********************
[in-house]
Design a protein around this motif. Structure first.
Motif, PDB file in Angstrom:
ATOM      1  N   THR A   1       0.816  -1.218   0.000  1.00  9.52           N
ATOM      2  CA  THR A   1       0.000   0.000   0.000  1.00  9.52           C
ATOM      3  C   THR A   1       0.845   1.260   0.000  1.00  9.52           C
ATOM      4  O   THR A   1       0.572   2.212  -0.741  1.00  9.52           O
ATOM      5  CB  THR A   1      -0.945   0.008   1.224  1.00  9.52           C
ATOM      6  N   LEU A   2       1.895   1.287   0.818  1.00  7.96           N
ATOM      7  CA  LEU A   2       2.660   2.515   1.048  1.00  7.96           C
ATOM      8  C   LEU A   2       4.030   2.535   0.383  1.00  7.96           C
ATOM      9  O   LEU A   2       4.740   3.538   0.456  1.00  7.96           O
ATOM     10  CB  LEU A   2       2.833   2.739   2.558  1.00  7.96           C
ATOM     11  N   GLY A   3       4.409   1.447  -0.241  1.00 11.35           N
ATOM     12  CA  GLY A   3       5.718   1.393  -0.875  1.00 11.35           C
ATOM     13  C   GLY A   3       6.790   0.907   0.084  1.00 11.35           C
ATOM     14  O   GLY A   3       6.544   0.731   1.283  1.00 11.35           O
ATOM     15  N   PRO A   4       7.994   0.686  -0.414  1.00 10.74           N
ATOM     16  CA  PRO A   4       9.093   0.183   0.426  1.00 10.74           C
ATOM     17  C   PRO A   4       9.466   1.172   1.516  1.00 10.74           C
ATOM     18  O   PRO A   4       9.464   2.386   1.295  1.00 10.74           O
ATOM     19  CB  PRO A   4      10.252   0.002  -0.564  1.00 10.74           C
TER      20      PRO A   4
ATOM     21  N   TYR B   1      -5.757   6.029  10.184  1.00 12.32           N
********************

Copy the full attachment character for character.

[in-house]
Design a protein around this motif. Structure first.
Motif, PDB file in Angstrom:
ATOM      1  N   THR A   1       0.816  -1.218   0.000  1.00  9.52           N
ATOM      2  CA  THR A   1       0.000   0.000   0.000  1.00  9.52           C
ATOM      3  C   THR A   1       0.845   1.260   0.000  1.00  9.52           C
ATOM      4  O   THR A   1       0.572   2.212  -0.741  1.00  9.52           O
ATOM      5  CB  THR A   1      -0.945   0.008   1.224  1.00  9.52           C
ATOM      6  N   LEU A   2       1.895   1.287   0.818  1.00  7.96           N
ATOM      7  CA  LEU A   2       2.660   2.515   1.048  1.00  7.96           C
ATOM      8  C   LEU A   2       4.030   2.535   0.383  1.00  7.96           C
ATOM      9  O   LEU A   2       4.740   3.538   0.456  1.00  7.96           O
ATOM     10  CB  LEU A   2       2.833   2.739   2.558  1.00  7.96           C
ATOM     11  N   GLY A   3       4.409   1.447  -0.241  1.00 11.35           N
ATOM     12  CA  GLY A   3       5.718   1.393  -0.875  1.00 11.35           C
ATOM     13  C   GLY A   3       6.790   0.907   0.084  1.00 11.35           C
ATOM     14  O   GLY A   3       6.544   0.731   1.283  1.00 11.35           O
ATOM     15  N   PRO A   4       7.994   0.686  -0.414  1.00 10.74           N
ATOM     16  CA  PRO A   4       9.093   0.183   0.426  1.00 10.74           C
ATOM     17  C   PRO A   4       9.466   1.172   1.516  1.00 10.74           C
ATOM     18  O   PRO A   4       9.464   2.386   1.295  1.00 10.74           O
ATOM     19  CB  PRO A   4      10.252   0.002  -0.564  1.00 10.74           C
TER      20      PRO A   4
ATOM     21  N   TYR B   1      -5.757   6.029  10.184  1.00 12.32           N